He lived a good life, right?

Source:www.huffingtonpost.com
Inspired by NDTV and Fortis Health4UCancerthon, this Sunday, Richard and I decided to do our bit for those, who have in some way or the other been affected by the disease- either as a patient or as a caregiver. Being a very informal thing, we stuck to those we know and would be responsive to our care.
During the course of the day, I paid a visit to dear Mrs. K, a 60 something lady of utmost grit and strength. After having lost her husband to colo-rectal cancer two years ago, Mrs. K recently was operated for a benign lump in her breast. She now partners with many NGO’s in and around Delhi providing care and financial support to terminal patients. More than all that she does, it is what she said that showed her maturity level, her strength within and her understanding of life as a whole.
“I lost my dad to colo-rectal cancer 4 months back and I am still not able to come to terms with it”, I said. “It’s probably not the death alone. What is really upsetting me is the way he suffered the last few months of his life and the week before demise. It wasn’t a pleasant sight at all. I know my father has to die someday, but I wish he didn’t suffer so much. The disease literally ate him up inside out. He was a mere frame in the end.” It was an emotional outburst from my end. She sat quiet listening, stoic.
After I had calmed down, she began,”How old was your father when he passed away?” I said 70. “And he fought cancer for 5 years, which means he was diagnosed at the age of 65, right?” she asked. Ok now that is not difficult mathematics. She continued,”How was your father’s life for 65 years?” “Hmmm”, I said, “Well the usual life, earning a living and raising a family”. She asked immediately,” So he had no ailments in his life?” I said no. “Then you have no reason to be upset, “she said.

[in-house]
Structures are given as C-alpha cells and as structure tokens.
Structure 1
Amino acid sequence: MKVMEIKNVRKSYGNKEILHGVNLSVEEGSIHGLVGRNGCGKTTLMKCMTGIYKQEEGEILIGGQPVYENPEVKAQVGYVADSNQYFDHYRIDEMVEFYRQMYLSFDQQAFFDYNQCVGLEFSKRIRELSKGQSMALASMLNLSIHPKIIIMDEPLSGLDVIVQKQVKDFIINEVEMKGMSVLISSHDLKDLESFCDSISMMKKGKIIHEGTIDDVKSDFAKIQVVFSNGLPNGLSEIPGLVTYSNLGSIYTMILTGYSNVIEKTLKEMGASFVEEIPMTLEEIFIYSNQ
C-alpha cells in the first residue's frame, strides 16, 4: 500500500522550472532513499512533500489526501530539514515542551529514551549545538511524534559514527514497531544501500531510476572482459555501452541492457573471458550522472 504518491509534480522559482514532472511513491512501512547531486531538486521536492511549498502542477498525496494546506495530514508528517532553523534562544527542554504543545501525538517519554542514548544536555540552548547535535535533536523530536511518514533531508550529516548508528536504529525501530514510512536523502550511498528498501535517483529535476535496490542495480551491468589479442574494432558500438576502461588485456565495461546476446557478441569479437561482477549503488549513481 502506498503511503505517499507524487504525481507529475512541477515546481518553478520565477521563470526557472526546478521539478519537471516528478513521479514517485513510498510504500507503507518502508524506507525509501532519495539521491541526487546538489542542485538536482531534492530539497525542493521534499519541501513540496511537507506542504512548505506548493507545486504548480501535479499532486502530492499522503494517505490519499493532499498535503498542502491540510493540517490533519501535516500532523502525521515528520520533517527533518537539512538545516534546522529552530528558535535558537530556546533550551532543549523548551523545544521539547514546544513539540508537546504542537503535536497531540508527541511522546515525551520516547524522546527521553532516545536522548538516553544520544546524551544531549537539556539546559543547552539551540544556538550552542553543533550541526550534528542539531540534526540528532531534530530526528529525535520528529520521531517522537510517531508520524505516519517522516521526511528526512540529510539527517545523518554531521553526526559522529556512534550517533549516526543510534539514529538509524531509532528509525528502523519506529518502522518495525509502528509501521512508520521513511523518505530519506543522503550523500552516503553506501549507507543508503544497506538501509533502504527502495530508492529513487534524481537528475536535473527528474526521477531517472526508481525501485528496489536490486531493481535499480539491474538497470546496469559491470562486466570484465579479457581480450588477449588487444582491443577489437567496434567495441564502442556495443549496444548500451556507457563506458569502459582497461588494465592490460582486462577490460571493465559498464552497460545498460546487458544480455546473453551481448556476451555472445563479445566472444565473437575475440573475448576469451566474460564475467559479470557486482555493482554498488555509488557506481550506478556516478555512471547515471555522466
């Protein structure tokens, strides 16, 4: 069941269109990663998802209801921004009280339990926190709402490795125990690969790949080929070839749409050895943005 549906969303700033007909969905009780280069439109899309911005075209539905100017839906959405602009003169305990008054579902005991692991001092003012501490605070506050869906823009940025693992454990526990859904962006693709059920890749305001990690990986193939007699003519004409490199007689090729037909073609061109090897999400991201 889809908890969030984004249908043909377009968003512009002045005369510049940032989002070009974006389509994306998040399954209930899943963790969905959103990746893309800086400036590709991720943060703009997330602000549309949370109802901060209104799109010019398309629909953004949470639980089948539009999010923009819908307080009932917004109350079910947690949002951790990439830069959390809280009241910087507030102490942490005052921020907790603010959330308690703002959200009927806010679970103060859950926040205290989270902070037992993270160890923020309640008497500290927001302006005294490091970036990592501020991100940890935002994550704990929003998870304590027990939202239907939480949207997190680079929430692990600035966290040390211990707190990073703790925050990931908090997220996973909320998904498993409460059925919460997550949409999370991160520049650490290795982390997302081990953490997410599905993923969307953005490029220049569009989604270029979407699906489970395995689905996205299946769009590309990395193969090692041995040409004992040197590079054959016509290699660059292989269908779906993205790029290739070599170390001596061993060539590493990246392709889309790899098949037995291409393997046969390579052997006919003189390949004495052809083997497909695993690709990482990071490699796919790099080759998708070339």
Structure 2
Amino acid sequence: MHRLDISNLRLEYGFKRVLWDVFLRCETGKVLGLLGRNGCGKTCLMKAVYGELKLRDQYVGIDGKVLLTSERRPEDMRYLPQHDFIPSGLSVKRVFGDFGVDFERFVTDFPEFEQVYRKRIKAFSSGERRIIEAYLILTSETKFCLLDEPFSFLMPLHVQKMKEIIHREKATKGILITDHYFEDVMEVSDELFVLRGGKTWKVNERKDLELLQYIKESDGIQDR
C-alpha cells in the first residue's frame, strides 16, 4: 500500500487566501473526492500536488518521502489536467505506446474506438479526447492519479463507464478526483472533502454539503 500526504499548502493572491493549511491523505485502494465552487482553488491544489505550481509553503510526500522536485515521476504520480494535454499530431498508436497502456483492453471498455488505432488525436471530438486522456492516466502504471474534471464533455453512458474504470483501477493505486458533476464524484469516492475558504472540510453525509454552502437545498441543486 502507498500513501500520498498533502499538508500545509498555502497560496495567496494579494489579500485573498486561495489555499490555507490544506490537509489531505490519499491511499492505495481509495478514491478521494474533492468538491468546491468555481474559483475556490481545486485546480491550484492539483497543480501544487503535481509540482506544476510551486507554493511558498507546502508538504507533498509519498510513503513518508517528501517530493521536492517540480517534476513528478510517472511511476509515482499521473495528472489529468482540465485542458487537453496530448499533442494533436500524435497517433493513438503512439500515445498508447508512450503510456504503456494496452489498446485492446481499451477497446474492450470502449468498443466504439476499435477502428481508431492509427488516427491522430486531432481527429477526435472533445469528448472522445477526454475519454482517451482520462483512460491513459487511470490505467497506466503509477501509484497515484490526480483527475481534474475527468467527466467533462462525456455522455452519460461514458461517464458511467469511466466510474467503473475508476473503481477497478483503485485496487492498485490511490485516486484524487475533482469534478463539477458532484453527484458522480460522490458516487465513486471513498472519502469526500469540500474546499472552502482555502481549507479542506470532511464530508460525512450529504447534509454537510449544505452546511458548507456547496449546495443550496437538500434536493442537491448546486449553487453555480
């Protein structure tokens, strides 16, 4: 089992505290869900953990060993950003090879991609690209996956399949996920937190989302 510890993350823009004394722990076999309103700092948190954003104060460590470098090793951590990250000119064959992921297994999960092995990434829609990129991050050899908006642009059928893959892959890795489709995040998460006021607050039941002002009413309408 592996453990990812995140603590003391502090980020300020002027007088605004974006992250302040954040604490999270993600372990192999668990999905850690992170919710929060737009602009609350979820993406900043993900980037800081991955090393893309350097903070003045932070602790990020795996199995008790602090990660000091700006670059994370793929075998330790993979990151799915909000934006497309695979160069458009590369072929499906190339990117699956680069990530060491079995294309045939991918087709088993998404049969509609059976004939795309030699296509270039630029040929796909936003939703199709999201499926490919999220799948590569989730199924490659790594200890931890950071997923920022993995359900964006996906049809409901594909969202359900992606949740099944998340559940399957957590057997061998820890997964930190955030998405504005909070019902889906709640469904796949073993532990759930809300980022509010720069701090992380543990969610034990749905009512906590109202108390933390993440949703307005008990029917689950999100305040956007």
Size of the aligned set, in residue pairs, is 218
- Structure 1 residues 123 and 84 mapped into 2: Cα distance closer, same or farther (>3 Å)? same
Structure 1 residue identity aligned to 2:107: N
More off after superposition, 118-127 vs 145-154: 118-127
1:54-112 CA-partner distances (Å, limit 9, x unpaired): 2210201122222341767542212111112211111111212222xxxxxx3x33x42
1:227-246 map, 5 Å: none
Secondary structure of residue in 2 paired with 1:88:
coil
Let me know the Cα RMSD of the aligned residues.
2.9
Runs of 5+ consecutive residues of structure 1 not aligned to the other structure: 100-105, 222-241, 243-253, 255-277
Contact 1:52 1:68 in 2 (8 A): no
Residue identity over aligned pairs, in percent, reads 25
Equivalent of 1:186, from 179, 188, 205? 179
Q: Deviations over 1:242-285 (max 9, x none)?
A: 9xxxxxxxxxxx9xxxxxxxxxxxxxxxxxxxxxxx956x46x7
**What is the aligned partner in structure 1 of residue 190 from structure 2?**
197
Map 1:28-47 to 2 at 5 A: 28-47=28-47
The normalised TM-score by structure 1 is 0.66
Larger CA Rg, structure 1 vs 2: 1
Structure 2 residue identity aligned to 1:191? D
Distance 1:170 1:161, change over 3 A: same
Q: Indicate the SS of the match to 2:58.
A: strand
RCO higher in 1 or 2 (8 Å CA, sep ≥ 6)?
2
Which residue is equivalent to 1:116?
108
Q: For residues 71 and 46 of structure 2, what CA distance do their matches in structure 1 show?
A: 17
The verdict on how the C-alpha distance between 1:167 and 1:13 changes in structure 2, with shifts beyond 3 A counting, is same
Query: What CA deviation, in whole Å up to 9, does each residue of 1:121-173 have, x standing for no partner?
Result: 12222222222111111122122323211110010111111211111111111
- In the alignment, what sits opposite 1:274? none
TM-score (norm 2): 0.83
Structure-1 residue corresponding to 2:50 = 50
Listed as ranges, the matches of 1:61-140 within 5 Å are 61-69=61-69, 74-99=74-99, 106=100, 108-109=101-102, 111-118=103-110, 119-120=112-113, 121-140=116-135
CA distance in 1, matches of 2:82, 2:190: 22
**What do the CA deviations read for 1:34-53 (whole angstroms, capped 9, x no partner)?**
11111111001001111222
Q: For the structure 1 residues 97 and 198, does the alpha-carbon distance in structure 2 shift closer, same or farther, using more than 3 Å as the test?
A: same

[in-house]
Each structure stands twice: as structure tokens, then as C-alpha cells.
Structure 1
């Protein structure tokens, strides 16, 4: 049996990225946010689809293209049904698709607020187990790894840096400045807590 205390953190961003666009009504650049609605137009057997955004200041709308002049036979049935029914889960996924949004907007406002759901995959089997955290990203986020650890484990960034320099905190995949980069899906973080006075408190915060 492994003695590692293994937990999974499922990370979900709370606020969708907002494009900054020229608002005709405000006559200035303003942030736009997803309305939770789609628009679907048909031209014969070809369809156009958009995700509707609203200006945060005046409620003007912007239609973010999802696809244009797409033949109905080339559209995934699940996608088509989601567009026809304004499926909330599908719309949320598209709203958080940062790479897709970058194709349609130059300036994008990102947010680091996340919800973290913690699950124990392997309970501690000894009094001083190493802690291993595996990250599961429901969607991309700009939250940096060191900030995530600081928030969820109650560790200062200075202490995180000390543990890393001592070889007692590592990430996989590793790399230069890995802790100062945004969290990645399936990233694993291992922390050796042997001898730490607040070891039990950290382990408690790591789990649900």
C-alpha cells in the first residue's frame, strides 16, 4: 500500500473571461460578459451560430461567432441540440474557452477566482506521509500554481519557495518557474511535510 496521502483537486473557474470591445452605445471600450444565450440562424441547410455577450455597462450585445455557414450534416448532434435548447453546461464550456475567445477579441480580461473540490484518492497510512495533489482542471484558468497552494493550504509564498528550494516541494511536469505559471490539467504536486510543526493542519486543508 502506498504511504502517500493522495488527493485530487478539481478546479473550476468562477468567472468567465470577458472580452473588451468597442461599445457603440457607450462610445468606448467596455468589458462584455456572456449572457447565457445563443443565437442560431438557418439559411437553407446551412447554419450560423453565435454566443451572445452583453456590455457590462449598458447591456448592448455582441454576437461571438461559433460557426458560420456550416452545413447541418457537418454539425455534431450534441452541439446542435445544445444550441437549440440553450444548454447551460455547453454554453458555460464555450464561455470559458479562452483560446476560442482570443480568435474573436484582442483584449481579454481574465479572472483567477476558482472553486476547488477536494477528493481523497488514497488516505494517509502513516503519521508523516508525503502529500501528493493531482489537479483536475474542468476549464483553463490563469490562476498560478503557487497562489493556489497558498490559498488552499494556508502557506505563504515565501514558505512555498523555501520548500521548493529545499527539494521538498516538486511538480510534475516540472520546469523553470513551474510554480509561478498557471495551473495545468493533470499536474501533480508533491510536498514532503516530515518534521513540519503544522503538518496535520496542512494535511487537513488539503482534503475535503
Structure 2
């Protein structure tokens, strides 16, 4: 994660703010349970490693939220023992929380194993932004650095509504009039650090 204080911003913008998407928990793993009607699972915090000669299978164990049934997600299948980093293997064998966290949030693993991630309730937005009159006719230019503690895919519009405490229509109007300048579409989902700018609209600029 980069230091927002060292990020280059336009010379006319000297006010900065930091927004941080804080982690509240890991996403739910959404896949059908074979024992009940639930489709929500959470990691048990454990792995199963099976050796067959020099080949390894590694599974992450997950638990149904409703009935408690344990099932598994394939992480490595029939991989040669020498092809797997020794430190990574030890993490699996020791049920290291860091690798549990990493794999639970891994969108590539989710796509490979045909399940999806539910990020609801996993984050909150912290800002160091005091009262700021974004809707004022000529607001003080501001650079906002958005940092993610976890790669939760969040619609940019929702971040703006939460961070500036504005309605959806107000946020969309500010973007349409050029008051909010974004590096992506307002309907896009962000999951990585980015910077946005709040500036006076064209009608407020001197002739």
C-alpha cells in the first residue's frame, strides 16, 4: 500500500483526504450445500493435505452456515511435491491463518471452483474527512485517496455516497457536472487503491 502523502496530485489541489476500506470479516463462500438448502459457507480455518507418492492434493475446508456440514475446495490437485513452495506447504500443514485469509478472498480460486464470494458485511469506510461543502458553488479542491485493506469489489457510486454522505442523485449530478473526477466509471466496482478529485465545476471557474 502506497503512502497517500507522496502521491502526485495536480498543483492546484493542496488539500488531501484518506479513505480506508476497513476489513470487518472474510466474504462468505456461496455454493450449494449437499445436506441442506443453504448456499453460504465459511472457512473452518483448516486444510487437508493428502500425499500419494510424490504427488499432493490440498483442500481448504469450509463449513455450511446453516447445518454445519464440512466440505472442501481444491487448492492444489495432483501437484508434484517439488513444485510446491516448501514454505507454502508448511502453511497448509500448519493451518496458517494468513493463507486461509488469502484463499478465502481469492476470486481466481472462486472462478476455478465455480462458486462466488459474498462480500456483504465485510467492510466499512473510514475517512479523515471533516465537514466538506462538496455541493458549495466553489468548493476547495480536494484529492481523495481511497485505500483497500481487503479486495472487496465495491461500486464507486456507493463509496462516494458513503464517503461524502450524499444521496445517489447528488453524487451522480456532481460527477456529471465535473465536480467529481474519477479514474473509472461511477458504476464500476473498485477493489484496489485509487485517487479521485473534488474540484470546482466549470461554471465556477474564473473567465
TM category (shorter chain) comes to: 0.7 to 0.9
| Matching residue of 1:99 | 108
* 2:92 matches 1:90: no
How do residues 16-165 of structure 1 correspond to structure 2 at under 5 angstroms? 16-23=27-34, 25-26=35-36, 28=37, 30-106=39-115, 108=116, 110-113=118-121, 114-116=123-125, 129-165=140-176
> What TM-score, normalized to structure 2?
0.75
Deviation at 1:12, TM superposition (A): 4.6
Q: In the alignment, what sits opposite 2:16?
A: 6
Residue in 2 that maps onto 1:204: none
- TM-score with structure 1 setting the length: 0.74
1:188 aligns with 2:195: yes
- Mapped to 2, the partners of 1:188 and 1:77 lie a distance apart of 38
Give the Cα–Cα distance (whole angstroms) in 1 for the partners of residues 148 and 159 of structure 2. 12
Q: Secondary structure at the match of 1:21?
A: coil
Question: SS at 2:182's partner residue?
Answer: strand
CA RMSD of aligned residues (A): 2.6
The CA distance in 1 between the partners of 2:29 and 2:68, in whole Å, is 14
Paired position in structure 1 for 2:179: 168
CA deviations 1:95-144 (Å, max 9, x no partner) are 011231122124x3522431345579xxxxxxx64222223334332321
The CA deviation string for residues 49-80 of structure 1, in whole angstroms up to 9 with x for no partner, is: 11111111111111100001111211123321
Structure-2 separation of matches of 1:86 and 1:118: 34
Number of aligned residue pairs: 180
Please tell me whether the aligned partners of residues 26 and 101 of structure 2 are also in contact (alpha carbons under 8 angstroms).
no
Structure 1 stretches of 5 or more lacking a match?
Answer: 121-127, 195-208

I was shocked at her response. Here I was grieving my father’s death, and the one sitting in front of me tells me not to be upset.  She said,” look at it this way. He lived a good life, a life a lot of people may crave for but never actually get. A healthy, normal family life with beautiful relationships around. It was only the last five years of his life that he suffered. He did live a good life right?  So now, you decide which portion of his life you want to keep in your mind. The majorly happier one, or a few years of suffering? I didn’t have an answer. I left the matter there with a single acknowledging nod.
As I left her place yesterday, I kept pondering over what she said. It took me a while to sink in its depth. And when it did sink it, I felt different, – a sense of calmness engulfed all over me.
Is the glass half empty or half full,”? A very common theory of how people perceive. It kind of applied here too. I kept focusing on the years he didn’t live, I seldom looked at the numerous years he did. I despite having knowledge of the situation looked at it with a whole lot of pessimism.
Thanks Mrs. K for your warm thoughts. This blog is dedicated to Sunday’s sweet little chat we had over coffee. Glad we have people like you around inspiring others.

  1. I lost both my parents to colo-rectal cancer, Dad in 2008 and Mom in 2010.We were lucky one only one way, neither suffered for fighting for years. But the last months, particularly week is certainly brutal. I empathize and sympathize with your loss. Thank you for sharing such a beautiful story.

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